The Edge of the Labyrinth
What distinguishes good crafted filmmaking from a superficial one? I know that everyone of us has his own answer to this question, and it couldn’t be otherwise. After all it’s a matter of taste. People are hooked by different stories and themes, but beyond the taste, we cannot ignore that there are filmmakers who are really good at their job; they have a spark of pure virtuosity, although they may offer chances for harsh and fussy reviews. Christopher Nolan is definitely one of them.
Nolan demonstrates how someone with a daring originality and willingness to risk for his creative ideas, can pass from independent low budget films to multimillionaire major productions in Hollywood. Nolan’s envision is spottable in his entire body of work, which is permeated by elements such as meta-fiction events, temporal paradoxes, elliptical cutting, philosophical and emotional dramas, and non-linear storytelling.
Nolan moved his first steps in the entertainment industry shortly after graduation from UCL in London, where he played a major role in the development of the university film department. His early shorts contributed to enlarge the thin collection of films that the University owned by that time, and one of them, Larceny, was selected for Cambridge Film Festival in 1996.
Few years later, Nolan’s first feature, Following (1998), gave the audience a first bite of his style which is perhaps one of the most recognizable among the crowd of contemporary filmmakers.
With a budget of only 6000 dollars, and a very stylish independent look, the movie is an atypical kind of noir describing the life and the craze of Bill. He is a young writer who looks for inspiration by following people in the streets, to get to know the place they head to. His shadowing has a turning point when he meets Cobb, a thief who involves him in his robberies. Bill and Cobb team up for several heists, and for one of them, they decide to rob the house of a young lady, with whom Bill has an affair. What Bill doesn’t know is Cobb’s real goal, a secret that put in serious doubt the entire Bill’s existence and identity. This film portrays a story of mystery, love and crime, trying to dig in the obsessions of a man who drools after them up to a point that the layers of reality and imagination overlap and get confused. The last shot is memorable, giving all the feeling of blurriness, doubt and creepiness due to the uncertain epilogue.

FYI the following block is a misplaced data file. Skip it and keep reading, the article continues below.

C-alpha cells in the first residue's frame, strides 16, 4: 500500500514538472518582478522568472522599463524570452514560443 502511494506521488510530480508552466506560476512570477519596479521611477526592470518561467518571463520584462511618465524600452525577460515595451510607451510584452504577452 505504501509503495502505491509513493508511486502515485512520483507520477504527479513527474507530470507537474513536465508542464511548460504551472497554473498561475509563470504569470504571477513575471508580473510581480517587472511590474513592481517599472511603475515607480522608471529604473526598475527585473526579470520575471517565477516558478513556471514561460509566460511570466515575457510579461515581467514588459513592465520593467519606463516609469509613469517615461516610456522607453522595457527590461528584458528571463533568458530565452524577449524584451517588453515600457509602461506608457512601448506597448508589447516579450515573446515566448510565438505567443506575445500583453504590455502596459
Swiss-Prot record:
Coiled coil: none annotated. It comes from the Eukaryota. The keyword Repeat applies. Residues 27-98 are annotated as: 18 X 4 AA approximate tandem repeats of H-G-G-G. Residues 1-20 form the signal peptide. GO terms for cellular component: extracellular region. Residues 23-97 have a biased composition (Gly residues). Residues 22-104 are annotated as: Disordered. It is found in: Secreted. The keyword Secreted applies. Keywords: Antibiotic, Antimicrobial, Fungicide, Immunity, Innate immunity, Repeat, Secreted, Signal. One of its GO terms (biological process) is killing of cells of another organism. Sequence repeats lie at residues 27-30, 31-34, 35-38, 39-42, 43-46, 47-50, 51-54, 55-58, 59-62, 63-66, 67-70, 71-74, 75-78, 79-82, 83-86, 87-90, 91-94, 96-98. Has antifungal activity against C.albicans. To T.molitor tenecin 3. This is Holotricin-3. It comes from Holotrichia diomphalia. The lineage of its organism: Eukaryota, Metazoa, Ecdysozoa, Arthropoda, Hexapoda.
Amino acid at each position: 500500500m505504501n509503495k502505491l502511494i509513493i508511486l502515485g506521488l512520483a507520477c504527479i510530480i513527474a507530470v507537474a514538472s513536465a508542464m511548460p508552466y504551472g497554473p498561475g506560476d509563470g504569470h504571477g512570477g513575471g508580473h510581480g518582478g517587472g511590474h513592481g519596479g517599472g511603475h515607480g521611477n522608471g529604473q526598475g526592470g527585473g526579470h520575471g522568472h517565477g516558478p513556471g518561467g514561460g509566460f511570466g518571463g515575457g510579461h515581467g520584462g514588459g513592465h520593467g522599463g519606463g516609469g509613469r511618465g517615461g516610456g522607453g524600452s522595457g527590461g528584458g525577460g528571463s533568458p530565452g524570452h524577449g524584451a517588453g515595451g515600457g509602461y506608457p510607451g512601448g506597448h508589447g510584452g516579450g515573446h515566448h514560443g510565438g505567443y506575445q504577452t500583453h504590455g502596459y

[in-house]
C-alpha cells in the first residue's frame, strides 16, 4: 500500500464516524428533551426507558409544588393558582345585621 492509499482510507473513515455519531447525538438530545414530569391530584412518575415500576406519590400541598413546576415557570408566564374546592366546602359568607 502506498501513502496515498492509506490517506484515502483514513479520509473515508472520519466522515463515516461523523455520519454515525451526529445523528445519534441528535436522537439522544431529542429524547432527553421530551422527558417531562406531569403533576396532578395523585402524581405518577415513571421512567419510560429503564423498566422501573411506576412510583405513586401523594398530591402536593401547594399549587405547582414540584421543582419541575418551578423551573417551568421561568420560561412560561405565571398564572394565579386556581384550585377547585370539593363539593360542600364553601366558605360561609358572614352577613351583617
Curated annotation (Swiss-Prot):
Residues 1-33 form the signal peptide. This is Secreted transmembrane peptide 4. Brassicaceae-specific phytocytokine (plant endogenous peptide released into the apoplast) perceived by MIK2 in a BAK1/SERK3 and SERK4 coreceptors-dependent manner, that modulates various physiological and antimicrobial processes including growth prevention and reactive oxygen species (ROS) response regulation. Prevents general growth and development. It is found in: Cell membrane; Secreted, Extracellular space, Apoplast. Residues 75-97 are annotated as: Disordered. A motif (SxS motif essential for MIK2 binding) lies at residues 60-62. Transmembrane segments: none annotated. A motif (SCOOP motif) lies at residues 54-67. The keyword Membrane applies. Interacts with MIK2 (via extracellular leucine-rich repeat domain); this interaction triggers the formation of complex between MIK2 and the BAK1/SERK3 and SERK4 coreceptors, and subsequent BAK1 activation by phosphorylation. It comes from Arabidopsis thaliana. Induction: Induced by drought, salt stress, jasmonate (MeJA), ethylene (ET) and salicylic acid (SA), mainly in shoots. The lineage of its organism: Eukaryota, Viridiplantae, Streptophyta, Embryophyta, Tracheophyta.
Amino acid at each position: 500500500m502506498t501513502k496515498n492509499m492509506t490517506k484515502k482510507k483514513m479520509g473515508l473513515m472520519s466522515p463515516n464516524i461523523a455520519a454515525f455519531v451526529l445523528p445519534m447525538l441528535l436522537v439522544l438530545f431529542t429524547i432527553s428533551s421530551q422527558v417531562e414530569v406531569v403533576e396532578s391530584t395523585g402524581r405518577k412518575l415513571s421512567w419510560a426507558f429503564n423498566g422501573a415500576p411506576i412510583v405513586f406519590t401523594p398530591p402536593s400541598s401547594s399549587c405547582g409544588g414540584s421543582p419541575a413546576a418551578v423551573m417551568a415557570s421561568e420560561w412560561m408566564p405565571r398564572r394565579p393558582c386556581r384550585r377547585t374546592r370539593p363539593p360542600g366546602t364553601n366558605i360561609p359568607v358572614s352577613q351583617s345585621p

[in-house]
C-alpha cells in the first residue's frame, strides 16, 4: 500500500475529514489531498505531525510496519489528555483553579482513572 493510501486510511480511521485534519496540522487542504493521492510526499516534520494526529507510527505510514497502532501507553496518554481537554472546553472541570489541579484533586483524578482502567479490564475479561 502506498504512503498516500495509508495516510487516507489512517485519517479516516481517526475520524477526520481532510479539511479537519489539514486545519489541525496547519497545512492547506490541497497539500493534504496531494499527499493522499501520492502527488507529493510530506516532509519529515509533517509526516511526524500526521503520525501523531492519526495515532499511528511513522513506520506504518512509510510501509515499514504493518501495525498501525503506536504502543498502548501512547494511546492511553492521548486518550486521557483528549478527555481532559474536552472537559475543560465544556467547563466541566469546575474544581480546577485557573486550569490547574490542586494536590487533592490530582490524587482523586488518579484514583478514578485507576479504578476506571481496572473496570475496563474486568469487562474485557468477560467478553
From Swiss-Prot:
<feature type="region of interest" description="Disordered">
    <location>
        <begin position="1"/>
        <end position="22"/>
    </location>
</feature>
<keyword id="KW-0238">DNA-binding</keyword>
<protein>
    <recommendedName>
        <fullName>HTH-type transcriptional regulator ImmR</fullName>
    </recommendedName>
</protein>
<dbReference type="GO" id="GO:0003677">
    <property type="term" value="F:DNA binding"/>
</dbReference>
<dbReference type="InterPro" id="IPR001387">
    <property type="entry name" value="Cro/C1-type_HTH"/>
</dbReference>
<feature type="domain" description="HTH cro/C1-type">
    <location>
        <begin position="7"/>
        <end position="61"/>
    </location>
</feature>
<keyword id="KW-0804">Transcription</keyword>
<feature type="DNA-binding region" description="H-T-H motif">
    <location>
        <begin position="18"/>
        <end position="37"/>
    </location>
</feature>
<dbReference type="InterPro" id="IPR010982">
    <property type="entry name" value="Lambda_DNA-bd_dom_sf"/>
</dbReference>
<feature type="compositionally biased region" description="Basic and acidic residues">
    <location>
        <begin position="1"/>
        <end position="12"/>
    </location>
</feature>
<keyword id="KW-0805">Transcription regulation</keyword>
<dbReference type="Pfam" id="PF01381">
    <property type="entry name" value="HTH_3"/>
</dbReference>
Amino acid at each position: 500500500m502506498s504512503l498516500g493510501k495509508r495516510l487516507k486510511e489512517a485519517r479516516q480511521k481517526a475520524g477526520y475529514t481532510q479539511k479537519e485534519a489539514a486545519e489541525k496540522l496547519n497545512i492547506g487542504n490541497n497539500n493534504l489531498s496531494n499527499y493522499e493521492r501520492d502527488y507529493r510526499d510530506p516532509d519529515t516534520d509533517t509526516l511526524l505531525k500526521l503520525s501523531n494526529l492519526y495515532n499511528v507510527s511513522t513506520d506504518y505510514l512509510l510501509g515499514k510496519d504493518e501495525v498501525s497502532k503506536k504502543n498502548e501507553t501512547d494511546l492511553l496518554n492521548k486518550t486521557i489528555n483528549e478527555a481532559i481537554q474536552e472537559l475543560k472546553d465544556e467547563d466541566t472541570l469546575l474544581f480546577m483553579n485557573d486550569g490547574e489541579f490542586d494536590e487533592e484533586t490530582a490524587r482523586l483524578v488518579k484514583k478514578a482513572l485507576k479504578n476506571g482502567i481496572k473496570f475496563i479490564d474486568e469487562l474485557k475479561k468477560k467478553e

Memento (2000), Nolan’s second feature, matches the same sense of ambiguity and jeopardy that Following was evoking. The project is inspired from a short story written by his brother Jonathan Nolan, a screenwriter who will often collaborate with Christopher in future. The plot is simple. A man’s wife is murdered and since that day the man, whose name is Leonard, cannot assimilate new memories. He remembers who he is but he cannot register any new event since that tragedy. In order to find his wife’s killer, Leonard conceives a smart system to help him remember things. He scribbles notes anywhere he can, and he covers his body with tattoos containing information that hopefully will lead him to find the man who destroyed his happiness. As Following, this film proposes a non-linear structure, which allows the audience to leap on different footages without an ordered narrative flow. At a first glimpse the different shots don’t even seem connected to each other. Only after a while, a viewer is able to put all the pieces together and sort Nolan’s jigsaw out. In the case of Memento this is particularly hard, as the film moves from the end towards the beginning, in a pattern that involves that each scene is antecedent to the scene that follows it. For a story like Memento, this choice is absolutely winning, and it increases the empathy with Leonard, as if the audience was afflicted by the same amnesia and loss of memory that afflicts the protagonist.